June – will change her tune (we head for Scotland)
July – she will fly – research for #6 Plockton
August – the Isle of Wight
December and beyond …
Looking ahead . . . 2020
What does 2020 hold for us? More trips away in the van, certainly. Have tickets for the Braemar Highland Gathering in September to celebrate Dave’s BIG BIRTHDAY. Other than that, we’ll take life as it comes and touch base with as many friends as possible. Keep in touch and let us know what you’ve been up to. Love from Lizzie and Dave
Caring is sharing - I'd love you to share my blog with your friends
As an indie author it’s important for word of my books to get out there. If I don’t go the extra mile to promote my novels, no one else will. So – how do I achieve this I hear you ask?
I achieve this by accepting invitations to appear at book fairs, signings, author talks or library visits. I use these events to create blog posts and promos which I disseminate via Twitter, Facebook, Instagram and two retweeting groups I belong to. This could be viewed as casting my bread upon the water in the vain hope that the fish will bite. However, I find that getting my name out there in a variety of ways reaps dividends.
Here are some of my top tips
There are many social media sites and they can be a real time suck, taking you away from your WIP. Experiment to find which ones work for you. I focus on: Facebook (personal, author page, groups) Twitter, Instagram and my website/blog. I also belong to many Facebook ‘groups’, it takes a little time to figure out which ones work get little or no traffic, so don’t be afraid to leave a group if you’re getting nothing from it. LIfe’s too short.
Increase your social media presence
As a result of increasing my social media presenceI have been invited to appear in Writers’ Magazine (blog tours – 2018), Writers Forum (my writing space – 2019) De Montfort University to lecture final year creative writing students, library visits, author talks and workshops. One word of warning – book sales are not always guaranteed so do check in advance that you will be paid for the talk, be offered petrol expenses and whether or not the venue will want 10% of your book sales. Yes, really (!)
Narberth Book Fair – Wales – September 2019
Get out and about
I believe that my books deserve to be brought to the attention of the largest number of readers possible so I canvass different venues to see if they would like a visit from an indie author, or authors in the case of New Romantics Press. So far, I/we’ve appeared at Aspinalls of London, Waterstones Kensington High Street and hosted literary lunches at top Leicestershire venues to raise money for charity.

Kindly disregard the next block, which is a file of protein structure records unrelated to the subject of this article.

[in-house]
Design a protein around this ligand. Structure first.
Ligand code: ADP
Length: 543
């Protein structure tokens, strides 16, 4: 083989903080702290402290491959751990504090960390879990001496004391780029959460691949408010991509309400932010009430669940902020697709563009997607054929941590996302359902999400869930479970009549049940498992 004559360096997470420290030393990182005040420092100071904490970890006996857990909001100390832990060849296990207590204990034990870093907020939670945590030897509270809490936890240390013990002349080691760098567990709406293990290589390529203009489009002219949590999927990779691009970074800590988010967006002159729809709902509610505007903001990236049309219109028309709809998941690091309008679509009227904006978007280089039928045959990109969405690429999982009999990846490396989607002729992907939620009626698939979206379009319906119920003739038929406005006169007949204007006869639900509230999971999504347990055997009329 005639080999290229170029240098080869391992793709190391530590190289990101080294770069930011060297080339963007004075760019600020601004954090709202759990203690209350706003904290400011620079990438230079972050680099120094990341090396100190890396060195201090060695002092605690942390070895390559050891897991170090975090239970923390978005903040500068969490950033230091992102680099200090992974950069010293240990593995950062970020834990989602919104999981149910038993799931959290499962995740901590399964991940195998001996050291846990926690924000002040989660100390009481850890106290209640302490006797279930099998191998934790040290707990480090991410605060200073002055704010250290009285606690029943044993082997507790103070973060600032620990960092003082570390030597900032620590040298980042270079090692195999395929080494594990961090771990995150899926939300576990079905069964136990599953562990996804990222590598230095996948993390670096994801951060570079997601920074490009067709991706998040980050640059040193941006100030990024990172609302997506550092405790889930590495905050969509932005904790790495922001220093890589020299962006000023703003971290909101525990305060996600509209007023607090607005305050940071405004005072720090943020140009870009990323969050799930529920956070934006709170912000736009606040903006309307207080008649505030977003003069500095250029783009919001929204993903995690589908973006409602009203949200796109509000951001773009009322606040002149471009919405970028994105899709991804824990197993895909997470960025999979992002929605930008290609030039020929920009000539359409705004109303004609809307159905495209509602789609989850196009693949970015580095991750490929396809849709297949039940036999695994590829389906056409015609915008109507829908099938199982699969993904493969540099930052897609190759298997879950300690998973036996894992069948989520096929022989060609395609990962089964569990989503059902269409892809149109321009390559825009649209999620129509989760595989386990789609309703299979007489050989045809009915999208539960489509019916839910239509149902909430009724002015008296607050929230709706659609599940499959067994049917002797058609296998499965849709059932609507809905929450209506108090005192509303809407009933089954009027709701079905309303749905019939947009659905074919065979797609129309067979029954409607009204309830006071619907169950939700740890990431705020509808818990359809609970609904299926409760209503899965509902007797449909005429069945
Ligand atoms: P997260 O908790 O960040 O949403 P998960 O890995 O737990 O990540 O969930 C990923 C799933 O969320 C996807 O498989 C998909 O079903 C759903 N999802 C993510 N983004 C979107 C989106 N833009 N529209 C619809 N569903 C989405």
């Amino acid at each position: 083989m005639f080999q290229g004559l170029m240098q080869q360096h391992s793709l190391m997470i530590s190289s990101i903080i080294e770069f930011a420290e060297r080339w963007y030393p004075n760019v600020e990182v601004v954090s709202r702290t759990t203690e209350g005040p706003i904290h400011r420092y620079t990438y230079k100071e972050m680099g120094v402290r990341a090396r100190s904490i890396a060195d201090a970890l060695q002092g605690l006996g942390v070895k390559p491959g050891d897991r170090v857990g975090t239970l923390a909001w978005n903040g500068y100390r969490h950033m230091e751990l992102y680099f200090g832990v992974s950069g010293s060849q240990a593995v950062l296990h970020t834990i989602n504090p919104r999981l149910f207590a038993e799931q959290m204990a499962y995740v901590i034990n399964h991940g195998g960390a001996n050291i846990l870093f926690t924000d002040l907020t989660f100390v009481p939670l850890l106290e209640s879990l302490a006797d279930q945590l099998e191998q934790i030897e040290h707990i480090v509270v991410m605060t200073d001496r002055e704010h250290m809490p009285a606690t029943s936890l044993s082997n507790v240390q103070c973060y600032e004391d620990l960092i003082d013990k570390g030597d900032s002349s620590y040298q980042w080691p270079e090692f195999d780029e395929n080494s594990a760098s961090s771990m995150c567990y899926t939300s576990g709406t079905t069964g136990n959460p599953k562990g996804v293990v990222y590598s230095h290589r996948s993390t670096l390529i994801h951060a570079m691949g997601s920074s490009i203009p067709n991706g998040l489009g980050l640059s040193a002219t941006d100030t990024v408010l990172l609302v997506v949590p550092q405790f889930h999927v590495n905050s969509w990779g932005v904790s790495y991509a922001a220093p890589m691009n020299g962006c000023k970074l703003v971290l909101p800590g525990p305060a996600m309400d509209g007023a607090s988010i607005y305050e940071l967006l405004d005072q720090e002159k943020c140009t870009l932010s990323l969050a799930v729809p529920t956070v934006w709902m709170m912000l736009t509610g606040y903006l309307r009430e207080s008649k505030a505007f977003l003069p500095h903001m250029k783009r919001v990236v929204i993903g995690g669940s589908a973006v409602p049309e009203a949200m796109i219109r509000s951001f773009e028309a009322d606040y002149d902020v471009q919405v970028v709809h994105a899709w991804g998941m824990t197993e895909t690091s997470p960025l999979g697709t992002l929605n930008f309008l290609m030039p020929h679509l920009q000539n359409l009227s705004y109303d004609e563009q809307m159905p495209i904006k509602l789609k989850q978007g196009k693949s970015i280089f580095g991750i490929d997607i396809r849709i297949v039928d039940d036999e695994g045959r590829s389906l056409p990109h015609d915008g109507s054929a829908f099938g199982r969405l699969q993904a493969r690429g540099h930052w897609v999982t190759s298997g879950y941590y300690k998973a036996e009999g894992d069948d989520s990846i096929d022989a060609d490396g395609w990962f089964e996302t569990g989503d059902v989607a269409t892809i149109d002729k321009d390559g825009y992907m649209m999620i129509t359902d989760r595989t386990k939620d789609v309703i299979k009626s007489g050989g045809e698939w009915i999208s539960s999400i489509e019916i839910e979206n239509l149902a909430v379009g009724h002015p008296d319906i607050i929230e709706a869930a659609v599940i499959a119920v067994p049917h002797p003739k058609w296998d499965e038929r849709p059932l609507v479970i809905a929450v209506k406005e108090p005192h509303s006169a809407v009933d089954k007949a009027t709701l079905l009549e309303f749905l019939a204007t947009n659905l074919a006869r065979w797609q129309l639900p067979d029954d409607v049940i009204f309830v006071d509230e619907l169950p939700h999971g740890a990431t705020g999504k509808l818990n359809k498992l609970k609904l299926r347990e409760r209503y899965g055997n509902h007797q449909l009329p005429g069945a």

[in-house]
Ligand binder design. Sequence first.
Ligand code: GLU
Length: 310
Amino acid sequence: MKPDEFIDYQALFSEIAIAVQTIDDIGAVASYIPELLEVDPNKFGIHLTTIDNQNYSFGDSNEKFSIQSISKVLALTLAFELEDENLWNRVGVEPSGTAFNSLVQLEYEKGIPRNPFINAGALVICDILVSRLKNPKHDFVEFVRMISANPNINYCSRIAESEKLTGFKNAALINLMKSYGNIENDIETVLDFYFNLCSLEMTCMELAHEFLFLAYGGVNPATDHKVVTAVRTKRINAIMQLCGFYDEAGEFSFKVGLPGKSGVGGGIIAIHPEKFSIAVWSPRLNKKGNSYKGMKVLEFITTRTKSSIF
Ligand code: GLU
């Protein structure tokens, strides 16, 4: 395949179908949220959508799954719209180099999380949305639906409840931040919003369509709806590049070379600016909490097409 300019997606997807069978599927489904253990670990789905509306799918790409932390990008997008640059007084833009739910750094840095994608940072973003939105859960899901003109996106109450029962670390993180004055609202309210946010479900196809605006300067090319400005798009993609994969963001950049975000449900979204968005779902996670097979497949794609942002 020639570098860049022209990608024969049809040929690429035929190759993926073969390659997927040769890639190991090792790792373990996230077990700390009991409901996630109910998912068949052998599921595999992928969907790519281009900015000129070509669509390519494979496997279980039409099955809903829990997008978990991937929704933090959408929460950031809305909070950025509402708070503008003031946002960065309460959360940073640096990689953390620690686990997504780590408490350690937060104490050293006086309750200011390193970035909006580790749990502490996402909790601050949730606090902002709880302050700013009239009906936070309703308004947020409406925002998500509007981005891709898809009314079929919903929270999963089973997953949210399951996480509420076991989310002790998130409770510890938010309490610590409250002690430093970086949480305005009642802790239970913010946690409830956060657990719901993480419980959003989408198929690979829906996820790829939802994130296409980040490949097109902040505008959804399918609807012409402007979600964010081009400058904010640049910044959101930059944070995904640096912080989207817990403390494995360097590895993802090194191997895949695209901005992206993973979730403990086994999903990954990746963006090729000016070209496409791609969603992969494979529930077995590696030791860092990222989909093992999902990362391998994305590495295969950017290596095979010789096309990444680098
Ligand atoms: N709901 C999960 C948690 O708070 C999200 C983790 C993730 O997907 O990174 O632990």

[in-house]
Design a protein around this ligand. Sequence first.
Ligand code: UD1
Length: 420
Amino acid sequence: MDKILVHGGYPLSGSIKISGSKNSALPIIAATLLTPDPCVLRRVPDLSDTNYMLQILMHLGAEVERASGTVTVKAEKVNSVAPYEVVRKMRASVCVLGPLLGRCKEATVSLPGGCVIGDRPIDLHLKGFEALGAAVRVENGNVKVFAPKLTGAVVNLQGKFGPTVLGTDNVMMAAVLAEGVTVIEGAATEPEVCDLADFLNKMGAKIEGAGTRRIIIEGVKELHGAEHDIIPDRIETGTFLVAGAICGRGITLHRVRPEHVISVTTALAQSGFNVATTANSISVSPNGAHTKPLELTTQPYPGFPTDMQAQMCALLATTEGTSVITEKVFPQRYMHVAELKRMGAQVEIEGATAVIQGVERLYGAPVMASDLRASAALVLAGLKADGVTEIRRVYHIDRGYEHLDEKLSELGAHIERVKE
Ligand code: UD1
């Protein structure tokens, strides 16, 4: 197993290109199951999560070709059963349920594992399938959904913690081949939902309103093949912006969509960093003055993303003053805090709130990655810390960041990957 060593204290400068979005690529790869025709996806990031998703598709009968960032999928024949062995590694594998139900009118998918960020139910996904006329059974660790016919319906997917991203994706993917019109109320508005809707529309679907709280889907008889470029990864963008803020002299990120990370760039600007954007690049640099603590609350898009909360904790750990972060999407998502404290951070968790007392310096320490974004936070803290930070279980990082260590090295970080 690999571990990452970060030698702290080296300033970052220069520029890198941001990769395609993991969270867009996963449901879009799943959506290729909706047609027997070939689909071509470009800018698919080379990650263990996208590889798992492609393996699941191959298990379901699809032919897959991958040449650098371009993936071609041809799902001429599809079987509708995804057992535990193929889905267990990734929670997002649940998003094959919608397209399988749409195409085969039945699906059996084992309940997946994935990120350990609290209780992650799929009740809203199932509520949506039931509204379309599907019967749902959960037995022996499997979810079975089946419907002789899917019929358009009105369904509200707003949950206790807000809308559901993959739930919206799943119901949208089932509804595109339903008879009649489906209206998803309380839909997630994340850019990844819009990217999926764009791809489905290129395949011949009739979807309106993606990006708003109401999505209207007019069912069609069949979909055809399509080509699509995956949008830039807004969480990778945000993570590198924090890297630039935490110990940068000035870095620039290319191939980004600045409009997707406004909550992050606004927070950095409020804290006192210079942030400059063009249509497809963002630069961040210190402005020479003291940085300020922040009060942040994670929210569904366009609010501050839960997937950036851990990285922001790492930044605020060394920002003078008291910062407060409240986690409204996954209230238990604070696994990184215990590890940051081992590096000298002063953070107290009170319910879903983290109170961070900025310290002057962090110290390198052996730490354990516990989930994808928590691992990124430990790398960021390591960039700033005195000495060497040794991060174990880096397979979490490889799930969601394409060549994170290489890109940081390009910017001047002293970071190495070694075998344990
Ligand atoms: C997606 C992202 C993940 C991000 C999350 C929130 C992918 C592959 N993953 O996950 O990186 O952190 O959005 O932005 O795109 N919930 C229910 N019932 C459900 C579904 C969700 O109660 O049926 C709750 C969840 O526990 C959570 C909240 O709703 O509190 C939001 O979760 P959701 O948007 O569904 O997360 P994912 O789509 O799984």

Keep your author bio, author photo, links etc up to date. Be organised, you don’t want to be hunting around for an excerpt of your novel when an outside agency approaches you. Invest in a mobile phone capable of taking decent photos and syncs with your computer.
Join author groups where you can learn from others. I’ve been a member of the Romantic Novelists’ Association since 2006 and co-organise the Leicester Chapter with June Kearns. What I’ve learned from other authors has been invaluable. I used to belong to local writing groups where members critiqued each other’s work. They didn’t work for me, but they might work for you.
Don’t be afraid to enter competitions, but choose wisely as they can be time suckage, too. Remember to publicise the good bits which you’re happy to share and project a positive image of yourself and your novels.
Once you’re published and have proven sales, join professional groups such as the Society of Authors. It might not do much to raise your profile in the short term but offers invaluable professional advice on contracts, tax matters. Using the #SOA tag on your profile identifies you as a serious writer.
Carol Bevitt, Adrienne Vaughan, Lizzie Lamb, Marcia Holah, Caroline Bell-Foster, Marilyn Rodwell
Remember your fellow authors